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Oil Markets in Review: October

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Just about a month ago, analysts were clamoring about the historical prospects of October where indexes typically saw the worst performance of the year. And as if it actually meant anything, reports began to tout the negative outcomes that the first month of the third quarter could produce, especially after the dismal performance of the quarter before. It seems elementary to believe the independence of monthly statistics, but some investors can't help but attribute a kind of seasonality to the apparent pattern. Once again, though, there could have been some sort of contrarian sentiment underneath the bearish rumbles. Some people may forget about that equal and opposite reaction prominent in physics, but like anything with momentum, the adage can apply in financial analysis as well. The concentrated efforts of the bears in the third quarter have diminished and given way to short-term and long-term bulls that traded in the way of the bull market birthed at the end of the financial c…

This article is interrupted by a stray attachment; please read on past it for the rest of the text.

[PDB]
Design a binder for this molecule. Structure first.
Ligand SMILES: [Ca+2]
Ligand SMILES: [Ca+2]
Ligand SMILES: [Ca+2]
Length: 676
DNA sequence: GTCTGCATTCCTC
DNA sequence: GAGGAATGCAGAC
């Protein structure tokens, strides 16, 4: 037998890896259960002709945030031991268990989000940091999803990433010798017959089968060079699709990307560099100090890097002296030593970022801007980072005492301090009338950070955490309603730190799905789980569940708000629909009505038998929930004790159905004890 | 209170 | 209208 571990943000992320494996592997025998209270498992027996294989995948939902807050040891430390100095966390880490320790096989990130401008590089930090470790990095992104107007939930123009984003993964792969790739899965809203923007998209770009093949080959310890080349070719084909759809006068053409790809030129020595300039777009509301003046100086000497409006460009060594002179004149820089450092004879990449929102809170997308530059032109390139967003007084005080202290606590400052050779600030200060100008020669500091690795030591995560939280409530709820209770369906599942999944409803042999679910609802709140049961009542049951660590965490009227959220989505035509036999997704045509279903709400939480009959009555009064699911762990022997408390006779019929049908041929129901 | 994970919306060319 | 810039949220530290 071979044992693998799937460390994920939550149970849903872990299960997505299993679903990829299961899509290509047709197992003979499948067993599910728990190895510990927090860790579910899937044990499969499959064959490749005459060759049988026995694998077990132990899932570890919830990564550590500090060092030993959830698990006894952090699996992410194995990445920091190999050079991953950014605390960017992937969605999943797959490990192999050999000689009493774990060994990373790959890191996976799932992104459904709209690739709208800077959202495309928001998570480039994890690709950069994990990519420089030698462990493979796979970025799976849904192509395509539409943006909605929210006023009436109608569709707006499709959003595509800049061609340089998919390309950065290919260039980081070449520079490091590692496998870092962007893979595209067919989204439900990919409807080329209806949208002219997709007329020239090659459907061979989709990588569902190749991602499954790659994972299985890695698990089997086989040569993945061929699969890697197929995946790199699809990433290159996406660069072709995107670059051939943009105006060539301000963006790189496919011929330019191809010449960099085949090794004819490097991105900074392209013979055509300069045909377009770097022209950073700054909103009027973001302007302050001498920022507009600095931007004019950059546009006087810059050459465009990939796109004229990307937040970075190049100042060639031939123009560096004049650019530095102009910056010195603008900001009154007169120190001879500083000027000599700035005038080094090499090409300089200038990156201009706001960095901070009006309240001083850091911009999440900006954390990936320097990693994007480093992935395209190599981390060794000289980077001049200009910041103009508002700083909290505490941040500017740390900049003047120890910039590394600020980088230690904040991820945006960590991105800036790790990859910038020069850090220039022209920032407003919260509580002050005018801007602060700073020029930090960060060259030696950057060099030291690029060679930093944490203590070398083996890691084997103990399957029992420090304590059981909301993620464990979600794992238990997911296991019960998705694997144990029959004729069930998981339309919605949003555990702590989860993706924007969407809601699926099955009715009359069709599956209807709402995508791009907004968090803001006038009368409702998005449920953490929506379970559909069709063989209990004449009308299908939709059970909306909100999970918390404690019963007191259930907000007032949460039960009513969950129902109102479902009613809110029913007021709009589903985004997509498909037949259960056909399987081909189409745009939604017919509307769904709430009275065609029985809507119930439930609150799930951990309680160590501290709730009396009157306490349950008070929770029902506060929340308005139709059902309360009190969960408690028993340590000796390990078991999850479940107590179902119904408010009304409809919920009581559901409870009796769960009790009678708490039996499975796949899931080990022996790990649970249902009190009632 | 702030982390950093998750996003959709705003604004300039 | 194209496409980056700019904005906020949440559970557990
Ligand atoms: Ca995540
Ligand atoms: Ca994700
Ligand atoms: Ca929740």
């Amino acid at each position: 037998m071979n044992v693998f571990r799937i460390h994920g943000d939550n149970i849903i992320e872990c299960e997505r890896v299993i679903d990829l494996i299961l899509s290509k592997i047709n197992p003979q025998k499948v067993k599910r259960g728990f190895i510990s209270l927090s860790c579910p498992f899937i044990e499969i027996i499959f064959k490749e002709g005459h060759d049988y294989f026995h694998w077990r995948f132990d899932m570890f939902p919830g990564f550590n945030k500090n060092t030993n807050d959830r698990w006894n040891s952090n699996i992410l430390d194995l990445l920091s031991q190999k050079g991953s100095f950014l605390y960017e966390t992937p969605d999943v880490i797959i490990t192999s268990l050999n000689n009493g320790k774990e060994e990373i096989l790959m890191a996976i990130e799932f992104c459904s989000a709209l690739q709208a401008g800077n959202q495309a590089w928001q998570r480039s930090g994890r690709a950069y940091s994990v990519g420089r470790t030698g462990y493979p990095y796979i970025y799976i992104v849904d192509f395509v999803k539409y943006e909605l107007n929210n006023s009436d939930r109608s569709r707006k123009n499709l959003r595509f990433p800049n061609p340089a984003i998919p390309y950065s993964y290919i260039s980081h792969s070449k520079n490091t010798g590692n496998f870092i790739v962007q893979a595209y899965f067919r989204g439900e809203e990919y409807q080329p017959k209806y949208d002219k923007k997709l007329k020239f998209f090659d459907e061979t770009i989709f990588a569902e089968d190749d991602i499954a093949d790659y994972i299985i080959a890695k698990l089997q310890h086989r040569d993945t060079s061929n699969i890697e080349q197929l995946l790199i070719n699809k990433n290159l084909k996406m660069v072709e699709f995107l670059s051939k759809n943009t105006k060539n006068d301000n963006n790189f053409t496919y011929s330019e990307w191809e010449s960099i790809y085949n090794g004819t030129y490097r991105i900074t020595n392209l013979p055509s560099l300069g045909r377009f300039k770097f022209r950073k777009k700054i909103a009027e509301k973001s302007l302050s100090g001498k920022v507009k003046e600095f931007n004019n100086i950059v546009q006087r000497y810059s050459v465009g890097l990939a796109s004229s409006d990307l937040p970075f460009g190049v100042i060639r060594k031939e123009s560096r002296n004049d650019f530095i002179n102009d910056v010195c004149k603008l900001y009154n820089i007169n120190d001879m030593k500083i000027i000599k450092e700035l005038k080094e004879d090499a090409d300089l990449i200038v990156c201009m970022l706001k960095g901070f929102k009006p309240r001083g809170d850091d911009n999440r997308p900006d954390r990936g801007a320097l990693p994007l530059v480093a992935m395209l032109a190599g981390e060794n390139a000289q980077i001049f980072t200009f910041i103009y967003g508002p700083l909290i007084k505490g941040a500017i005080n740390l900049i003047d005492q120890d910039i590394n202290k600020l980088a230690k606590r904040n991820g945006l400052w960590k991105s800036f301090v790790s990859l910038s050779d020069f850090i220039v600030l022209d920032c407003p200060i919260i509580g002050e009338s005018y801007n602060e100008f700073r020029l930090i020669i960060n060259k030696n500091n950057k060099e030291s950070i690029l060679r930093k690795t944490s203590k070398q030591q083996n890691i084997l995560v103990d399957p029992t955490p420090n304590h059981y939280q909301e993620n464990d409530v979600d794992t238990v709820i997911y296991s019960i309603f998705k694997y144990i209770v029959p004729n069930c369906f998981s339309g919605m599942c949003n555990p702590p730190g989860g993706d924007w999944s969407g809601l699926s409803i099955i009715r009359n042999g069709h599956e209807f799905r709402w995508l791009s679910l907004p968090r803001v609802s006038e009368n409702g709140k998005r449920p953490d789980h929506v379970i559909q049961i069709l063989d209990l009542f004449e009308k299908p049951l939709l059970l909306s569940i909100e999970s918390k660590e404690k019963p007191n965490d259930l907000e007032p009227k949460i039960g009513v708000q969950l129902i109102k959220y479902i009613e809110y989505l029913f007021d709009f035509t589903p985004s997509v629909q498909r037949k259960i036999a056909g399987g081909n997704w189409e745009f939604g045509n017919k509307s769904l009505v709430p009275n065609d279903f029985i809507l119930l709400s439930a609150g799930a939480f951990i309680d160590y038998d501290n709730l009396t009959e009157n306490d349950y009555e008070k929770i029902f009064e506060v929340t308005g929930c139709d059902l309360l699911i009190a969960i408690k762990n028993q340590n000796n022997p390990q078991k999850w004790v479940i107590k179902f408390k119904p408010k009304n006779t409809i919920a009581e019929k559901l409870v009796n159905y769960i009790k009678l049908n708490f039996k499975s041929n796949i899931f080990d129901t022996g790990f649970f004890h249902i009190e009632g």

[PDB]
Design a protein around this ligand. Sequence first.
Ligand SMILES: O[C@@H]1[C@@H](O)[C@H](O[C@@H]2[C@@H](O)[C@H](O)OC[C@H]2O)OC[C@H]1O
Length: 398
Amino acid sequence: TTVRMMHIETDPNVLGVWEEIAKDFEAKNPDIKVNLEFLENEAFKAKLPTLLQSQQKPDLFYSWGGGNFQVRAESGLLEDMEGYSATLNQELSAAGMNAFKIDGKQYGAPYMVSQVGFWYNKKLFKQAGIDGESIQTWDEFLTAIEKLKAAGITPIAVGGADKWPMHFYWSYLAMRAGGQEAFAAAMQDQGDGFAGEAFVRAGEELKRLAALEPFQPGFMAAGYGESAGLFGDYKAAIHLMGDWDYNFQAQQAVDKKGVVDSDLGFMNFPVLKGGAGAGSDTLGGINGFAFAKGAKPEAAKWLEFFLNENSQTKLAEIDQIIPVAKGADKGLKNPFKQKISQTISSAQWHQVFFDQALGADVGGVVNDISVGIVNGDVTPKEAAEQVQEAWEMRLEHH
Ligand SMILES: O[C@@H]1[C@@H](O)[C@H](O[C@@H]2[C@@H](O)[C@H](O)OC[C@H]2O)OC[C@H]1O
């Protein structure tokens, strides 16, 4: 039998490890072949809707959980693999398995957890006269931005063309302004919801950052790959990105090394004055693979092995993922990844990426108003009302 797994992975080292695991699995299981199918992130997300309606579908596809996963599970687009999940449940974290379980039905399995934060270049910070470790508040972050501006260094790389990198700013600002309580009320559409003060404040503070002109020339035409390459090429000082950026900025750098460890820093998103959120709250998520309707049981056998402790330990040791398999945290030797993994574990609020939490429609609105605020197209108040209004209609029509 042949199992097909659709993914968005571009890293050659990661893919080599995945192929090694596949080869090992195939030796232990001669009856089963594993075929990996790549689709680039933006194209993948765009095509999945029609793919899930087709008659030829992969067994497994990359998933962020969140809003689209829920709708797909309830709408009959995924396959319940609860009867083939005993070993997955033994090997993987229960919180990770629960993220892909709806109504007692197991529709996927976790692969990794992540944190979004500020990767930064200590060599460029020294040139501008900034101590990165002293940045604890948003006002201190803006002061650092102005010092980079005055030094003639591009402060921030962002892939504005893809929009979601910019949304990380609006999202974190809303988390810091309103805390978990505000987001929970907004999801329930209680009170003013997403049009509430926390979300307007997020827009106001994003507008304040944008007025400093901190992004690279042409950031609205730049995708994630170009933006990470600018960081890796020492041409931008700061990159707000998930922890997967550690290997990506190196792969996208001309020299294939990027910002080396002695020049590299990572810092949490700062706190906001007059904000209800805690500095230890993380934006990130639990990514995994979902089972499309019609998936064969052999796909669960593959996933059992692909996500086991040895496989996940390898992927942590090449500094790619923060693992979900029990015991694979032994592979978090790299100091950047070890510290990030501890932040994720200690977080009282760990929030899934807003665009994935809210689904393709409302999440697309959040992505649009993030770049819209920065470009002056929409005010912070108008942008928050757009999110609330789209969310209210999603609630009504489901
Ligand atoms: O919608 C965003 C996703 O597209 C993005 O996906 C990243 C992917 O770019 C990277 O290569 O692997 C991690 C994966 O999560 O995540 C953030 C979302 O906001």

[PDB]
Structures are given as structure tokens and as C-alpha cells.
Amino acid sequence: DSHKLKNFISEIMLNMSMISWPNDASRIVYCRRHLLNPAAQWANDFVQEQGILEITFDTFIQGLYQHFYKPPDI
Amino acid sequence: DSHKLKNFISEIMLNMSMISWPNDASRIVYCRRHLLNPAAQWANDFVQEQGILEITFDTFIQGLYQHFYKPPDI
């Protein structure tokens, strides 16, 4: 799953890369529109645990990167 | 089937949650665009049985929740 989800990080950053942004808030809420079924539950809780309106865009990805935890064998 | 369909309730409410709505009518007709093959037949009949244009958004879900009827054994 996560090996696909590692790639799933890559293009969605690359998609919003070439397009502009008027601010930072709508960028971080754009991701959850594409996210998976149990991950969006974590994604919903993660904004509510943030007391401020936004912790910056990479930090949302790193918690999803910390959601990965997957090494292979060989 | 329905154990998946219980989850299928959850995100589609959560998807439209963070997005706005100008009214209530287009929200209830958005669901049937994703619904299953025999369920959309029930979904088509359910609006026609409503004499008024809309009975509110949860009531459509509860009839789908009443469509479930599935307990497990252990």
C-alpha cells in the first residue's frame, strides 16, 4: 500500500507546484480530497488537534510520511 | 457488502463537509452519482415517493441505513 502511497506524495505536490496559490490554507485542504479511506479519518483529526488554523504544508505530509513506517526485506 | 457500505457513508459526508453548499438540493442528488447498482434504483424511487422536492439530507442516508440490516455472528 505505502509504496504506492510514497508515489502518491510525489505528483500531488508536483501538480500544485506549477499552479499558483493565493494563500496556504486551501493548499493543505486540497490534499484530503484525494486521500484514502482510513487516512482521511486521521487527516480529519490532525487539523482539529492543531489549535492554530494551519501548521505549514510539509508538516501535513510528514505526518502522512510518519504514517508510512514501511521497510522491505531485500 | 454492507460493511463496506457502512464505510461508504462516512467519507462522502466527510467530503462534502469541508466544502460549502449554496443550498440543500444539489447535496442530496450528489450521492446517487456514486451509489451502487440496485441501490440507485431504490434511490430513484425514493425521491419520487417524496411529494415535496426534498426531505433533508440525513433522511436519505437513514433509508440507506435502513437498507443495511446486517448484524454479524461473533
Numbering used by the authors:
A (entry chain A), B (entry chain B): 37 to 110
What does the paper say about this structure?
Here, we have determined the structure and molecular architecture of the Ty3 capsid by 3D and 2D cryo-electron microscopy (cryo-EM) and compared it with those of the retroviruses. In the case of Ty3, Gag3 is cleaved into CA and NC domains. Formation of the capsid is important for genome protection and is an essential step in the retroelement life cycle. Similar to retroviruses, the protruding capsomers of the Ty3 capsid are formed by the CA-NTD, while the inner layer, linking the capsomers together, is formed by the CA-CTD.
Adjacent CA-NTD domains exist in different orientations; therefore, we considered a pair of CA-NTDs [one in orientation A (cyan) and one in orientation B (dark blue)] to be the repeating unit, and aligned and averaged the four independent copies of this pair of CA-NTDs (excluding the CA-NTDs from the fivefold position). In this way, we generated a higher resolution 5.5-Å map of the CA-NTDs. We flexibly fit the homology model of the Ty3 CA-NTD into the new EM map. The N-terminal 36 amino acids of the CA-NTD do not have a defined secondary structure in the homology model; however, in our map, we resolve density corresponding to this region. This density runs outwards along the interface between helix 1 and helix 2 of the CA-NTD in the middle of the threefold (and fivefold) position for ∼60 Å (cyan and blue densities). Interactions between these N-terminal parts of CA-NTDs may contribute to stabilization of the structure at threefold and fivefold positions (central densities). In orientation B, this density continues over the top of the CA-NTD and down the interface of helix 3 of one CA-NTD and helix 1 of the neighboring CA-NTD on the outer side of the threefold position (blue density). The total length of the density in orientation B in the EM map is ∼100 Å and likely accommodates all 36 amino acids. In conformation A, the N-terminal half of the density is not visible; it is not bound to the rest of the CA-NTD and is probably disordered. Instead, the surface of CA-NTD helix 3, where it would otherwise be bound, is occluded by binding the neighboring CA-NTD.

FOMC Leads A Market Surge

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The results are in. Deliberations have been deliberated, and the Fed Board of Governors can once again retreat behind the economic curtain where the markets will continue to masticate upon their own heavily digested thoughts. Markets showed modest gains on the day as investors patiently waited for a statement to be produced at 2:00 p.m. today. In that memorandum, Chairwoman Janet Yellen surprised listeners with the abdication of the arbitrary prose of meetings before. With the omittance of questioning how long to preserve low rates, the statement hinted at small feelings of urgency as it mentioned that more serious decision-making will occur at the December meeting. On top of rate hikes being delayed until December (possibly), the FOMC decided to leave out key phrases citing worries over the global slowdown and the high probability that the 2% inflation target will not be reached. In fact, the Fed's statement opined that "moderate" growth has been sustained for some time…

Janet Yellen, The Yoga Instructor